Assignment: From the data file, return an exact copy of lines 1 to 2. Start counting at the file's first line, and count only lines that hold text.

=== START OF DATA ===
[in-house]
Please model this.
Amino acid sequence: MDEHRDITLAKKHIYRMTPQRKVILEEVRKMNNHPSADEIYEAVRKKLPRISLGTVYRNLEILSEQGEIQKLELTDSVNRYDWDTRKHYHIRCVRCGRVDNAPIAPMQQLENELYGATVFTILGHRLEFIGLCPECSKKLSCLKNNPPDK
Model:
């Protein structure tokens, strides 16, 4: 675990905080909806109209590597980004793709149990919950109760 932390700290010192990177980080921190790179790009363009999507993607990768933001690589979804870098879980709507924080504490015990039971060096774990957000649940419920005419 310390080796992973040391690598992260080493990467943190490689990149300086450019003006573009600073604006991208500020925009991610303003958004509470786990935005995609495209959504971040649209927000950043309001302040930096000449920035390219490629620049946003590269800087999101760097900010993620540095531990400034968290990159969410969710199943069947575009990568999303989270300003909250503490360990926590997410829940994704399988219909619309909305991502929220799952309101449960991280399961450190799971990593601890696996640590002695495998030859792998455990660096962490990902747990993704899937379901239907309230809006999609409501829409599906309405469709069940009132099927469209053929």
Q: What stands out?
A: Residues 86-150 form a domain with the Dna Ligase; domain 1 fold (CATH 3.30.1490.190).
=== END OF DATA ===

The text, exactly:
[in-house]
Please model this.